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"All that is necessary for the triumph of evil is that good men do nothing"
Edmund Burke
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23 October 1992. Thought for the Week: "A nation can survive its fools, and even the ambitious, but it cannot survive treason from within. An enemy at the gate is less formidable, for he is known and he carries his banners openly. But the traitor moves among those within the gate freely, his sly whispers rustling through all the alleys, heard in the very halls of government itself. For the traitor appears no traitor, he speaks in accents familiar to his victims, and he wears their face and their garments and he appeals to the baseness that lies deep in the hearts of all men. He rots the soul of a nation; he works secretly and unknown in the night to undermine the pillars of the city; he infects the body politic so that it can no longer resist. A murderer is less to be feared."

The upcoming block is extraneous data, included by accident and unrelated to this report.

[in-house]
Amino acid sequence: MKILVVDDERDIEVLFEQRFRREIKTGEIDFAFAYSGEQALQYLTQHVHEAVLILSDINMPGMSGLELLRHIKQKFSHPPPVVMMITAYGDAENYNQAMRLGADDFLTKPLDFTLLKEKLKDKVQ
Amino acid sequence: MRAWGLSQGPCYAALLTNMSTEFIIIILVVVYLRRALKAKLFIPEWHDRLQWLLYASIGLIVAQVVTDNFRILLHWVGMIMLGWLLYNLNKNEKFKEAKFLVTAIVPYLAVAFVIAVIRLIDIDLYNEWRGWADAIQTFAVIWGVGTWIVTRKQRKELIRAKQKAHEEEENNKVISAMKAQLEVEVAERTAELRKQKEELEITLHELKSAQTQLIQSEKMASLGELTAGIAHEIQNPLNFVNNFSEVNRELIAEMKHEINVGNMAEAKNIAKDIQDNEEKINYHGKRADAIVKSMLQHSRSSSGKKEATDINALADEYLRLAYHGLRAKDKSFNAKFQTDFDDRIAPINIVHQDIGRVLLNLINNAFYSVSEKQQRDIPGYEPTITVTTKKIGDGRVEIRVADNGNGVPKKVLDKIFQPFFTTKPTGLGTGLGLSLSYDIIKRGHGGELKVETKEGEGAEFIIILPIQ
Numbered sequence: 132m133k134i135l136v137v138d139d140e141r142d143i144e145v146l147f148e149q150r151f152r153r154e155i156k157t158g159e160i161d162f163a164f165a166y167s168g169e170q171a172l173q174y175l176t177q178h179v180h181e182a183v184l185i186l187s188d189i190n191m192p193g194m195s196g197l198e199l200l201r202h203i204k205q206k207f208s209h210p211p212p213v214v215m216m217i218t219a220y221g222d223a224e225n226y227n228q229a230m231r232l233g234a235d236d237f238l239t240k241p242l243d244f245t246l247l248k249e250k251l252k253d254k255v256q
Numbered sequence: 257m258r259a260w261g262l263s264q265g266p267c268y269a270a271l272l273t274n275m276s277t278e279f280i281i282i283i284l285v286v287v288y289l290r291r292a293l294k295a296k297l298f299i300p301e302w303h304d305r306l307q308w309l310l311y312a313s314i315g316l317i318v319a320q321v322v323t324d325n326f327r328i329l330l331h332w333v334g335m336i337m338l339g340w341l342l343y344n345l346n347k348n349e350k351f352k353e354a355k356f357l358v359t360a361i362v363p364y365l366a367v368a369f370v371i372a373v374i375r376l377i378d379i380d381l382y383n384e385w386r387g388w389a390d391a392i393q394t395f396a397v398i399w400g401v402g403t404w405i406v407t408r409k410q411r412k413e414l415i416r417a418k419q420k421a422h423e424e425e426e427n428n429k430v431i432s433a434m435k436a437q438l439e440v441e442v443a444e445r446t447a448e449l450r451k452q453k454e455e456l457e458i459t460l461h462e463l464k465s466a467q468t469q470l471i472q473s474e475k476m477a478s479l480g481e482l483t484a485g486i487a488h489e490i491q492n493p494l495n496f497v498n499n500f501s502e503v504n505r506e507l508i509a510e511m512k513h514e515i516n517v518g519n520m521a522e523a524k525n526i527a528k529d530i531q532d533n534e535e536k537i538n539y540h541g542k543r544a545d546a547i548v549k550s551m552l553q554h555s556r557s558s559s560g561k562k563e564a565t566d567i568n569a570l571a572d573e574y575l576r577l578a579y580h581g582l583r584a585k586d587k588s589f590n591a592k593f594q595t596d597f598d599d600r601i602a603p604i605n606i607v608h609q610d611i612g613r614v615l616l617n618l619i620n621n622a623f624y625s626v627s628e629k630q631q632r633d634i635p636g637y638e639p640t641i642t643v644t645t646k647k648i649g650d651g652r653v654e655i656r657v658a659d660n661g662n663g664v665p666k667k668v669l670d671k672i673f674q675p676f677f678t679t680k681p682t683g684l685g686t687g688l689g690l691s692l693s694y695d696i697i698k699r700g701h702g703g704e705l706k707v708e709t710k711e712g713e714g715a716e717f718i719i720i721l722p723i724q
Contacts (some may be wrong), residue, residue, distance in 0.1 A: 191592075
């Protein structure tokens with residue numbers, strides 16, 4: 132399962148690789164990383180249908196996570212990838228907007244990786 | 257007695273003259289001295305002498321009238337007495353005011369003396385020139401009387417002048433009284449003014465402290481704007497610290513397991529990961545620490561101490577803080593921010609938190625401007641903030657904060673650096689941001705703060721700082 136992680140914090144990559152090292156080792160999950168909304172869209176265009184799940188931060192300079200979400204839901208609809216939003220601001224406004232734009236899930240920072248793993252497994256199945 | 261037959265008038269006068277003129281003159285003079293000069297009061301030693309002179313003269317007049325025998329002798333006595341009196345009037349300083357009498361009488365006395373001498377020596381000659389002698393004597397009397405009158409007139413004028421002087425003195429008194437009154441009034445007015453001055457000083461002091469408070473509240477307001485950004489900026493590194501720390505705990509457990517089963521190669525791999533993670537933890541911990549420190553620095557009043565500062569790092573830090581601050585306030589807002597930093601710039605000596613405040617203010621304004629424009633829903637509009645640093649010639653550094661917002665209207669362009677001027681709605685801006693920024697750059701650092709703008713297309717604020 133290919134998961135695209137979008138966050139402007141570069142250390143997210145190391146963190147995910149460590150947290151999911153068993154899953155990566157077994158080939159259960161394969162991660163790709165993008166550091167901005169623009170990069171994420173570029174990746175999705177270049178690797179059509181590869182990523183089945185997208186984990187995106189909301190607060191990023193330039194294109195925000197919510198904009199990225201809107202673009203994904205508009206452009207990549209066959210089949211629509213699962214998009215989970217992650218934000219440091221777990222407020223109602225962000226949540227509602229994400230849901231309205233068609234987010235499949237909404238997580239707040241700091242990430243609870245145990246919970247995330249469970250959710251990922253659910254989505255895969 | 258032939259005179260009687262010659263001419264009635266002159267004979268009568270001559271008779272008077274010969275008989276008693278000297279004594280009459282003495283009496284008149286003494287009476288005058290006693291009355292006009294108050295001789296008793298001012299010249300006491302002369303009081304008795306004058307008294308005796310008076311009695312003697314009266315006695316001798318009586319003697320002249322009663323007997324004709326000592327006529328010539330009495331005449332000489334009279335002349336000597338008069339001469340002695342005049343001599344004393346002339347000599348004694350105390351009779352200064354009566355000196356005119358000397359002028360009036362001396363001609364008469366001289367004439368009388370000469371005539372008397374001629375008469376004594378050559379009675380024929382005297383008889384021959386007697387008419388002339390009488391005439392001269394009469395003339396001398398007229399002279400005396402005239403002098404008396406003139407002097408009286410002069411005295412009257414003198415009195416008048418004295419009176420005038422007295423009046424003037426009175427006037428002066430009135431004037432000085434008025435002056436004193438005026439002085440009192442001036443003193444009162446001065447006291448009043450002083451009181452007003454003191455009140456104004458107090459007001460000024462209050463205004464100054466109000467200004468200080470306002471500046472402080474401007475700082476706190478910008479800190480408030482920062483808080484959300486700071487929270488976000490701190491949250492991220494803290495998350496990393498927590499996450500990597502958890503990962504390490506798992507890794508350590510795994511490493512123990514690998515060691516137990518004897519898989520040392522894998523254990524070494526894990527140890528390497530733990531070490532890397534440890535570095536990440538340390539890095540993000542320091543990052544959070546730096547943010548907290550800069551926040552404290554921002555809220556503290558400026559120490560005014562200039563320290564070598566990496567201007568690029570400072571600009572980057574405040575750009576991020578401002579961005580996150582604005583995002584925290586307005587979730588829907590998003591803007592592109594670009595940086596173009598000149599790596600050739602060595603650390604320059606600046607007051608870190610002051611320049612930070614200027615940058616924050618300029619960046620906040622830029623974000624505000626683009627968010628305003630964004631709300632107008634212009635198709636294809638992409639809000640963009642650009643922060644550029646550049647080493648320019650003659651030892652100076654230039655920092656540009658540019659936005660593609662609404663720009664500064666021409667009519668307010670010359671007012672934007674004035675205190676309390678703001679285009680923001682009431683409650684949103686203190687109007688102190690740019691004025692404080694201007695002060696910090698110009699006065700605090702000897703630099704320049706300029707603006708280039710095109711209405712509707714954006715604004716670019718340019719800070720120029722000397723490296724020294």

Marcus Tullius Cicero, the famous Roman philosopher and statesman, 106-43 B.C.

THE HEWSON-KENNETT ELECTION LOSING FORMULA

What would have been regarded as unthinkable six months ago now threatens to become a reality: The Federal Opposition, led by Dr. John Hewson, is demonstrating how to lose an election which should have seen a crushing defeat of the man who imposed "the depression we had to have". We are not surprised to see that the polls now show that if an election were held now, Paul Keating might just survive. He must be delighted with the contribution of new Victorian Premier, Mr. Jeff Kennett, who within 14 days of being elected had confirmed the fears of those who believed that the Premier had still not "kicked" his bad habit of making irrational and unpredictable statements. The credibility of the Liberal-National Coalition has suffered badly. The first two weeks can only be described as a political shambles.